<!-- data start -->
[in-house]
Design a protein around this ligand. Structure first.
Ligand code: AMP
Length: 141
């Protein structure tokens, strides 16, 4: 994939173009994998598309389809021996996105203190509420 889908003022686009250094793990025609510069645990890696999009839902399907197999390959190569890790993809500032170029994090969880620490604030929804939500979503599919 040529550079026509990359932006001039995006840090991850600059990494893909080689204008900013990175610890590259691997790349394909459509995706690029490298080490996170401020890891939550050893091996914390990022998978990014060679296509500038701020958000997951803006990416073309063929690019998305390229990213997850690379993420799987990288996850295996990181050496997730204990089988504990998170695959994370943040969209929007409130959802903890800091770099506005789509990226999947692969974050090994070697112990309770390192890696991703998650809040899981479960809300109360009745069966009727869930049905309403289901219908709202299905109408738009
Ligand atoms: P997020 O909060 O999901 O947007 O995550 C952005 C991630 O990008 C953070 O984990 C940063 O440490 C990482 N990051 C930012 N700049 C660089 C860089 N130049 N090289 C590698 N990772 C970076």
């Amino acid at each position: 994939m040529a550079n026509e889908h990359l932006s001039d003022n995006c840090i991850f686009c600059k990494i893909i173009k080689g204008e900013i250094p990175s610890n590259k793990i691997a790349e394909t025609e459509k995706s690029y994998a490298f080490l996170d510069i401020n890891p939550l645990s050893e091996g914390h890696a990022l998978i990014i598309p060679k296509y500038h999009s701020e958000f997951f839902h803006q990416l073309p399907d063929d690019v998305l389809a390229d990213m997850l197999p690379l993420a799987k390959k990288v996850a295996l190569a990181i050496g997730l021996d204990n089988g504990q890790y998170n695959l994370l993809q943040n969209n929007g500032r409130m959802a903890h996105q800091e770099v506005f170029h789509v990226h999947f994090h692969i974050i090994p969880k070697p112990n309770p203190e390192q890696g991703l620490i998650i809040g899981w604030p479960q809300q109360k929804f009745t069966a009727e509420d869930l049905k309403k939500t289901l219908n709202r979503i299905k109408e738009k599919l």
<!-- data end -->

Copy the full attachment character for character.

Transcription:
[in-house]
Design a protein around this ligand. Structure first.
Ligand code: AMP
Length: 141
């Protein structure tokens, strides 16, 4: 994939173009994998598309389809021996996105203190509420 889908003022686009250094793990025609510069645990890696999009839902399907197999390959190569890790993809500032170029994090969880620490604030929804939500979503599919 040529550079026509990359932006001039995006840090991850600059990494893909080689204008900013990175610890590259691997790349394909459509995706690029490298080490996170401020890891939550050893091996914390990022998978990014060679296509500038701020958000997951803006990416073309063929690019998305390229990213997850690379993420799987990288996850295996990181050496997730204990089988504990998170695959994370943040969209929007409130959802903890800091770099506005789509990226999947692969974050090994070697112990309770390192890696991703998650809040899981479960809300109360009745069966009727869930049905309403289901219908709202299905109408738009
Ligand atoms: P997020 O909060 O999901 O947007 O995550 C952005 C991630 O990008 C953070 O984990 C940063 O440490 C990482 N990051 C930012 N700049 C660089 C860089 N130049 N090289 C590698 N990772 C970076």
């Amino acid at each position: 994939m040529a550079n026509e889908h990359l932006s001039d003022n995006c840090i991850f686009c600059k990494i893909i173009k080689g204008e900013i250094p990175s610890n590259k793990i691997a790349e394909t025609e459509k995706s690029y994998a490298f080490l996170d510069i401020n890891p939550l645990s050893e091996g914390h890696a990022l998978i990014i598309p060679k296509y500038h999009s701020e958000f997951f839902h803006q990416l073309p399907d063929d690019v998305l389809a390229d990213m997850l197999p690379l993420a799987k390959k990288v996850a295996l190569a990181i050496g997730l021996d204990n089988g504990q890790y998170n695959l994370l993809q943040n969209n929007g500032r409130m959802a903890h996105q800091e770099v506005f170029h789509v990226h999947f994090h692969i974050i090994p969880k070697p112990n309770p203190e390192q890696g991703l620490i998650i809040g899981w604030p479960q809300q109360k929804f009745t069966a009727e509420d869930l049905k309403k939500t289901l219908n709202r979503i299905k109408e738009k599919l």